Law enforcement abuse of databases is far from unique to ICE agents. In the past decade, local police around the US have repeatedly abused their access to confidential databases. In 2016, an Associated Press investigation found that police officers across the country misused confidential law enforcement databases to get information on romantic partners, business associates, neighbors, and journalists.
The misconduct records that WIRED obtained detail similar allegations. However, due to ICE’s sprawling access to data sets from federal, state, local, and private entities, experts are particularly concerned about how an agency with a prolific history of misconduct could abuse these tools.
Last May, Tucker and three colleagues coauthored a report called “American Dragnet: Data-Driven Deportation in the 21st Century.” Their report, based on a review of ICE spending transactions, found that the agency has amassed an enormous trove of databases containing billions of data points that enable the agency “to pull detailed dossiers on nearly anyone, seemingly at any time.”
“The databases ICE employees can access contain almost everything you might want to find about someone: who they are, where they live, where they drive, and who their family is,” says Nina Wang, a policy associate at the Center on Privacy & Technology and one of the “American Dragnet” coauthors. “All of that access to bulk data leaves the door wide open for misconduct.”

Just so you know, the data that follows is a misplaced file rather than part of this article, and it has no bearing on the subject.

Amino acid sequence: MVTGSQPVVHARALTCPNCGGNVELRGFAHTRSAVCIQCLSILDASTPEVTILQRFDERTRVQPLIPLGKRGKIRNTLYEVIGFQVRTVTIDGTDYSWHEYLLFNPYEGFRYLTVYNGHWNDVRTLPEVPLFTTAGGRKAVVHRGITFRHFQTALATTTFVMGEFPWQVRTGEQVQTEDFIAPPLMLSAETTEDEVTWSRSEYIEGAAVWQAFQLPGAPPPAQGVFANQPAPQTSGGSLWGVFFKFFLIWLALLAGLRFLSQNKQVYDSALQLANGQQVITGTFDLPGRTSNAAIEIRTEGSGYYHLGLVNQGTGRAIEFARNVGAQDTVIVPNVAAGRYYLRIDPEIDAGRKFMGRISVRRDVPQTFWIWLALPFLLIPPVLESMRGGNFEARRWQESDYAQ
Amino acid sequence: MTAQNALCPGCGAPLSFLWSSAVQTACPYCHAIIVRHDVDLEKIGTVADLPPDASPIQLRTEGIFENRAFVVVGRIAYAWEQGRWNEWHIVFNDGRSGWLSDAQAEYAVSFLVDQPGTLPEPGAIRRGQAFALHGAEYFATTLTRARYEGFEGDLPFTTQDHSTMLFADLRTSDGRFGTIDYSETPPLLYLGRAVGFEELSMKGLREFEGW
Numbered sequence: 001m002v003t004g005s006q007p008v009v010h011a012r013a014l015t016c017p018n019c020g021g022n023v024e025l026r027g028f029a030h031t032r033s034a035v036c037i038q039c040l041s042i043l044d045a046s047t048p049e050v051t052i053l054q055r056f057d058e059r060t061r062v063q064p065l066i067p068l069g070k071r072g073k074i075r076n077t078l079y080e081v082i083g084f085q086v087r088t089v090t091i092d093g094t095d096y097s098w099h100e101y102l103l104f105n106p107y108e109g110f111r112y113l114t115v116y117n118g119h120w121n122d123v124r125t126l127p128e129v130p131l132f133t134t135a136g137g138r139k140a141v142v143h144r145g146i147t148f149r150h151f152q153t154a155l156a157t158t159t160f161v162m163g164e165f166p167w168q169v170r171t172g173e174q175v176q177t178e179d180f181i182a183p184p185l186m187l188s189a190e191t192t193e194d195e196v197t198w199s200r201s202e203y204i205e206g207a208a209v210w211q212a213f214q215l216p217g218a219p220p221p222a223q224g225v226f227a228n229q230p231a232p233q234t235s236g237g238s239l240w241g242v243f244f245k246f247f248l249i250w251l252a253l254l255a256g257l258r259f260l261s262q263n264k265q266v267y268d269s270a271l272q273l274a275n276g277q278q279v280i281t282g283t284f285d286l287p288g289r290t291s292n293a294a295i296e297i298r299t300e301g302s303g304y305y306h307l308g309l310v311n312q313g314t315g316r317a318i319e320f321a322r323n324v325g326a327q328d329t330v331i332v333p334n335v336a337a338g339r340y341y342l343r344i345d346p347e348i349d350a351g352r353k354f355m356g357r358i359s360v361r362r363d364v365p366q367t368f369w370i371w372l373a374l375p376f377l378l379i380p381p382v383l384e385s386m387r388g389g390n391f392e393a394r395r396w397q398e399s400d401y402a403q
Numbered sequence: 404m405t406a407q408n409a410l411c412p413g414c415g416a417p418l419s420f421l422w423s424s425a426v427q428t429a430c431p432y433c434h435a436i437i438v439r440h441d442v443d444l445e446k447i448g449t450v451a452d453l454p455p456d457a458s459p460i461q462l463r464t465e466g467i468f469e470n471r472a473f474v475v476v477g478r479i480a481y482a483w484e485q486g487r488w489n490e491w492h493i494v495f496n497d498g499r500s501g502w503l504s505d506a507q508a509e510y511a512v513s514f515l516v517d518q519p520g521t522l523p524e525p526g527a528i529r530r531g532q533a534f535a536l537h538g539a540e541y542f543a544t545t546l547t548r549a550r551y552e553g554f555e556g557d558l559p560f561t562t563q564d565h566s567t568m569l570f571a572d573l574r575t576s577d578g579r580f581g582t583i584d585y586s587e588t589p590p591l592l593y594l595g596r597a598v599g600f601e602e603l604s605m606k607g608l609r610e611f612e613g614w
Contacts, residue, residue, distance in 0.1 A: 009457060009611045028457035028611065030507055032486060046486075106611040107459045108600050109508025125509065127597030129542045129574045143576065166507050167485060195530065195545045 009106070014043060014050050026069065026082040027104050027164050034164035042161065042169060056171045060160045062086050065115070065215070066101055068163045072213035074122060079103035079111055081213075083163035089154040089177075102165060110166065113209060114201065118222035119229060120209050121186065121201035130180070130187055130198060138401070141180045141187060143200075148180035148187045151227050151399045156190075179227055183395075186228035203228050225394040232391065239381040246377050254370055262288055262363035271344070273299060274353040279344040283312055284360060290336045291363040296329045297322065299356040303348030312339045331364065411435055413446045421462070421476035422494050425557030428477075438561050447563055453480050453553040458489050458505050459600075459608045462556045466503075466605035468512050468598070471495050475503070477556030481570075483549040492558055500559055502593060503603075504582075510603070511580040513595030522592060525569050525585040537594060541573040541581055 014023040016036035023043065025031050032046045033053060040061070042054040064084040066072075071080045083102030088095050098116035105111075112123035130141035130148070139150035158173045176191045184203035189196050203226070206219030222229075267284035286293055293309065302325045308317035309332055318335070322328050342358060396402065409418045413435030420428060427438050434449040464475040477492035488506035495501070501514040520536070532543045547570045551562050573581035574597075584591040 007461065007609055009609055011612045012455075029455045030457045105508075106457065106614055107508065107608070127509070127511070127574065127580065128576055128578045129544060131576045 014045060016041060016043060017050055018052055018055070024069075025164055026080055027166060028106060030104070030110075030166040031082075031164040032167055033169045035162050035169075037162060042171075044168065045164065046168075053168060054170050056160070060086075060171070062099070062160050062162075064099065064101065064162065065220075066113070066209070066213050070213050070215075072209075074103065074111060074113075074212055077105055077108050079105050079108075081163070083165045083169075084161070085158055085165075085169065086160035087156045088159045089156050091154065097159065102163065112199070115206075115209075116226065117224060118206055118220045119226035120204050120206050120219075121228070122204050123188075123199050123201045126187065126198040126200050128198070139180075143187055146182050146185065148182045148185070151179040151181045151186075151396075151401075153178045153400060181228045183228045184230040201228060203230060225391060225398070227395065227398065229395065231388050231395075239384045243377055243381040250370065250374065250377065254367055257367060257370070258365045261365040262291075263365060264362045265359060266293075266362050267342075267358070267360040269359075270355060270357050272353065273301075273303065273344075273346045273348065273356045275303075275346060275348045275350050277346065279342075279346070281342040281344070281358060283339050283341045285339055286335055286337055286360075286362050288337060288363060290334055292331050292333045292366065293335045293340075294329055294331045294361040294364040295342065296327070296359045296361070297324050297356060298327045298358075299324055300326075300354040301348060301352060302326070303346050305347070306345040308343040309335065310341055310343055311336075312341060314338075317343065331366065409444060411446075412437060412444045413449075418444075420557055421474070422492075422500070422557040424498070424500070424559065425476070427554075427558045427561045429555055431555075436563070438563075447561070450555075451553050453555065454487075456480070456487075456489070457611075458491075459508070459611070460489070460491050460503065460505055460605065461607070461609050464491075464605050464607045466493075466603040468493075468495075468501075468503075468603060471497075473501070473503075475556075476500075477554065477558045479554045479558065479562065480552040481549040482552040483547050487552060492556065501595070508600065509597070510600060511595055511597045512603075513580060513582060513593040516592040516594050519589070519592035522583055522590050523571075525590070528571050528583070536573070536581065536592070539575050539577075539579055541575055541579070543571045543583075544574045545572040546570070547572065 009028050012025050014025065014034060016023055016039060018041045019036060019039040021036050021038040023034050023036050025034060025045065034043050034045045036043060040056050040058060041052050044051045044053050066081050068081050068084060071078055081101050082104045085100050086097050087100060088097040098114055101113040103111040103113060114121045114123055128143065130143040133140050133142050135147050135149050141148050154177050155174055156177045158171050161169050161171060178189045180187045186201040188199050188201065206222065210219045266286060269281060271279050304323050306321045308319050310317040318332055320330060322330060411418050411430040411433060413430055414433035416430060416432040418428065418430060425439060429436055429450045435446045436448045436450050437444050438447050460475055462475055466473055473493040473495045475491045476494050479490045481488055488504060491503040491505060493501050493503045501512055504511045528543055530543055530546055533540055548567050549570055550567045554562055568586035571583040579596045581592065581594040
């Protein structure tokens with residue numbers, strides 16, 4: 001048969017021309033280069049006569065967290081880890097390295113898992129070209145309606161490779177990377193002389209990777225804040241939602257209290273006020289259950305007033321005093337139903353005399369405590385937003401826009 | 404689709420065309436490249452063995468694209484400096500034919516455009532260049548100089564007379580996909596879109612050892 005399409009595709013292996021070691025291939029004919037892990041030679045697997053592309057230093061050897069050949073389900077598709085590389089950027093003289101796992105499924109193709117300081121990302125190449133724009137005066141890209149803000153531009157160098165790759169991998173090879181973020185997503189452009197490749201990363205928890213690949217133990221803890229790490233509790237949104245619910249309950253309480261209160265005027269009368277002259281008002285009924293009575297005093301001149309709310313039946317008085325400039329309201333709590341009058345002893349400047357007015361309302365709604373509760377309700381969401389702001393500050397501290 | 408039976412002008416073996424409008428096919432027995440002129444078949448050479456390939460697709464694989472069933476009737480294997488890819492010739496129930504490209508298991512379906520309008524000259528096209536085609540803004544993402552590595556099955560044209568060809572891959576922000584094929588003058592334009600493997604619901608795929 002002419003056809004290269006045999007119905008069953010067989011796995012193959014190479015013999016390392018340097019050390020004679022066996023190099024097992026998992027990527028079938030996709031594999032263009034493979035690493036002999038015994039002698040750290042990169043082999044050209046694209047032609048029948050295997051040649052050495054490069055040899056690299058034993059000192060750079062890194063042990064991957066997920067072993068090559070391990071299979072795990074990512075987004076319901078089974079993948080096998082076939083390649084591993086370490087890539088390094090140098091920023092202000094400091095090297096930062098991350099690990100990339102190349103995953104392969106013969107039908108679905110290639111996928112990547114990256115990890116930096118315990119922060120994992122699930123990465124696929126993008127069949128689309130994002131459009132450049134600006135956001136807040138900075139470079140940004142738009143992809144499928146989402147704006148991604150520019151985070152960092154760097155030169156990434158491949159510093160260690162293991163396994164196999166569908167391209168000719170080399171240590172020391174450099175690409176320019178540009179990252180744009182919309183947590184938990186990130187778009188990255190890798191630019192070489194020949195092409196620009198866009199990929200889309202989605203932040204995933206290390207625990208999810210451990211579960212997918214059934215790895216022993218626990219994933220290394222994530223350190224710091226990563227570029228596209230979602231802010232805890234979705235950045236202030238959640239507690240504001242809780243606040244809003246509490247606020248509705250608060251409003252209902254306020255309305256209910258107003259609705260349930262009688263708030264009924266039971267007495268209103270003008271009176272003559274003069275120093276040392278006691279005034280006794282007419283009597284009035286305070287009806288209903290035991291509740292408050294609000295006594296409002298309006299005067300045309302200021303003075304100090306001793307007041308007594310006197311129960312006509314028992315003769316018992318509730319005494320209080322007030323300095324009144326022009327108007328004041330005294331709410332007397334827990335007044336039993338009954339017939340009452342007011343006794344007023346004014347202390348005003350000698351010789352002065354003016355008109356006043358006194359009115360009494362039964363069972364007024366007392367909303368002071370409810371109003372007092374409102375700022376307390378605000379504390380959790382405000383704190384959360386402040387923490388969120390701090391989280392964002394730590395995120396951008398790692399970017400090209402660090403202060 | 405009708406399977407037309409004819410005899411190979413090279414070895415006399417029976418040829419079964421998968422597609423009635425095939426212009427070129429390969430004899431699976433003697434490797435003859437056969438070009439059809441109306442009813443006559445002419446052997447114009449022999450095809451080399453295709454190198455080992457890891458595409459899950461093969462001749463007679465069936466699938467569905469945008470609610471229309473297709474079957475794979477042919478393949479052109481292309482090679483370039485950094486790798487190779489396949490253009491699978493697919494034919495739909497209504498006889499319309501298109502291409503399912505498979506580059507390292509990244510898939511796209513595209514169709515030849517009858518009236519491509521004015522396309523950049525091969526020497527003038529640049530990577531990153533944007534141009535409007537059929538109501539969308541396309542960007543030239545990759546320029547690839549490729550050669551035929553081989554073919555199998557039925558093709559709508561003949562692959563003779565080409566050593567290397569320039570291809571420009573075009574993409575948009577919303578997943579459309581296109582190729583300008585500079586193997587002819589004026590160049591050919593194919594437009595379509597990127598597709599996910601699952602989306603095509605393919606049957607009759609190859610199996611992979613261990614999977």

ICE is one of 22 agencies housed under DHS. In 2021, the American Immigration Council used DHS privacy and compliance documents to compile a list of databases and information systems that DHS uses in relation to immigration law enforcement. The list captures the breadth of databases that ICE officials can access, some of which are referenced in the misconduct records.
Among the databases that ICE agents allegedly misused were those containing medical records, license plate reader data, and biometric data. One of the most widely misused databases in the records is the Investigative Case Management (ICM) system, software developed by the data-mining firm Palantir that serves as the primary database for information collected by ICE during criminal and civil investigations.
According to documents obtained by the Intercept, ICM allows ICE agents to access a kaleidoscope of data that reportedly includes information about “a subject’s schooling, family relationships, employment information, phone records, immigration history, foreign exchange program status, personal connections, biometric traits, criminal records, and home and work addresses.”
Representatives from Palantir declined to be interviewed for this story. But in an email, Courtney Bowman, the company’s director of Privacy and Civil Liberties, pointed WIRED to public documents detailing ICM’s oversight mechanisms, including its ability to log and record every query an individual makes.
Much of the ICM misconduct that internal investigators flagged involves employees looking up information about themselves—so-called self-queries. While this kind of misconduct might seem harmless, Adam Schwartz, a senior staff attorney at the Electronic Frontier Foundation, asserts that it speaks to a culture of impunity at the ICE. “When you have officers taking a database intended for a specific purpose and subverting for self-gain, it exposes a lawless and dangerous mindset,” Schwartz says.